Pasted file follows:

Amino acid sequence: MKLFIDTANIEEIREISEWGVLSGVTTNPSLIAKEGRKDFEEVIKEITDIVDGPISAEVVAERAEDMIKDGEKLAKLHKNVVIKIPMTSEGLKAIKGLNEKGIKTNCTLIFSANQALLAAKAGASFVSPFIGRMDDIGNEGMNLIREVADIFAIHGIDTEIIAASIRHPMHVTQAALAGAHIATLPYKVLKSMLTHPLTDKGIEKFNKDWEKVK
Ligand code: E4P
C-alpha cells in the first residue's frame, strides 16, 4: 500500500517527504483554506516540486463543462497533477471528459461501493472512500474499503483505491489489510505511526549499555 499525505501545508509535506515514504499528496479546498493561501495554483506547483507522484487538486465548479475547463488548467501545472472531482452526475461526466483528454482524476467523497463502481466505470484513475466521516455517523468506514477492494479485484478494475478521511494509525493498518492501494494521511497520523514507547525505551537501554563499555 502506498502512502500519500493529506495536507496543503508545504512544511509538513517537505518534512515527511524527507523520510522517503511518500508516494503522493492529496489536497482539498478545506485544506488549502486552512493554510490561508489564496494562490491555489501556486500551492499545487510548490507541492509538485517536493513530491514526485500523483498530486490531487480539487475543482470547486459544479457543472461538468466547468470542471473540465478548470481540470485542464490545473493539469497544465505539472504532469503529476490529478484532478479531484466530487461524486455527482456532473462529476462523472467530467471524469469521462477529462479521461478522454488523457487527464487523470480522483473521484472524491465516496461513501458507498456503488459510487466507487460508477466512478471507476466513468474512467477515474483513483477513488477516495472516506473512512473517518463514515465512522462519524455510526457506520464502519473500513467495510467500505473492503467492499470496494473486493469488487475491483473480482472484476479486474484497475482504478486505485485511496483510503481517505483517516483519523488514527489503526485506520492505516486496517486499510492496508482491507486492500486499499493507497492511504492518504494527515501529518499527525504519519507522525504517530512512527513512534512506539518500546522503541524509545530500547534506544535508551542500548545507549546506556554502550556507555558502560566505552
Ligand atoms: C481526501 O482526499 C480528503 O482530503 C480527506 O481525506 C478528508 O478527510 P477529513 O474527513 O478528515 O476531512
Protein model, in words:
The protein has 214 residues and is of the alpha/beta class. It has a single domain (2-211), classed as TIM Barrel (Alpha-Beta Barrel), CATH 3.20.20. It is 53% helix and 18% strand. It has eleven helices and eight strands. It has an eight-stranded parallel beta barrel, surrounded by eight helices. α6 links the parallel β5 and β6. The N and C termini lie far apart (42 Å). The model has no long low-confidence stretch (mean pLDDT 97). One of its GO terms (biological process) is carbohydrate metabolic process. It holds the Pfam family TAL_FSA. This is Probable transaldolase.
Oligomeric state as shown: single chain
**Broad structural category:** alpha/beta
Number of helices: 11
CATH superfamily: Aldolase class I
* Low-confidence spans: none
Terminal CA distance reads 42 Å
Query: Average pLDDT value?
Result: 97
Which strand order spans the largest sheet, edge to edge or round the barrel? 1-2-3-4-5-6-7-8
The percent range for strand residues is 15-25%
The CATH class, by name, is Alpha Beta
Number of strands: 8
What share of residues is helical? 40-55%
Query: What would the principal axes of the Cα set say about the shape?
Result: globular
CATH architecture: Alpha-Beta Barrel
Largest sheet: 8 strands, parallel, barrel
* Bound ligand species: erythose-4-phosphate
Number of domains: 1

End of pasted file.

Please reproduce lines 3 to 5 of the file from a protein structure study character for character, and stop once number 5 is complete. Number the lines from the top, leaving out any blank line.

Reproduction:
C-alpha cells in the first residue's frame, strides 16, 4: 500500500517527504483554506516540486463543462497533477471528459461501493472512500474499503483505491489489510505511526549499555 499525505501545508509535506515514504499528496479546498493561501495554483506547483507522484487538486465548479475547463488548467501545472472531482452526475461526466483528454482524476467523497463502481466505470484513475466521516455517523468506514477492494479485484478494475478521511494509525493498518492501494494521511497520523514507547525505551537501554563499555 502506498502512502500519500493529506495536507496543503508545504512544511509538513517537505518534512515527511524527507523520510522517503511518500508516494503522493492529496489536497482539498478545506485544506488549502486552512493554510490561508489564496494562490491555489501556486500551492499545487510548490507541492509538485517536493513530491514526485500523483498530486490531487480539487475543482470547486459544479457543472461538468466547468470542471473540465478548470481540470485542464490545473493539469497544465505539472504532469503529476490529478484532478479531484466530487461524486455527482456532473462529476462523472467530467471524469469521462477529462479521461478522454488523457487527464487523470480522483473521484472524491465516496461513501458507498456503488459510487466507487460508477466512478471507476466513468474512467477515474483513483477513488477516495472516506473512512473517518463514515465512522462519524455510526457506520464502519473500513467495510467500505473492503467492499470496494473486493469488487475491483473480482472484476479486474484497475482504478486505485485511496483510503481517505483517516483519523488514527489503526485506520492505516486496517486499510492496508482491507486492500486499499493507497492511504492518504494527515501529518499527525504519519507522525504517530512512527513512534512506539518500546522503541524509545530500547534506544535508551542500548545507549546506556554502550556507555558502560566505552
Ligand atoms: C481526501 O482526499 C480528503 O482530503 C480527506 O481525506 C478528508 O478527510 P477529513 O474527513 O478528515 O476531512
Protein model, in words: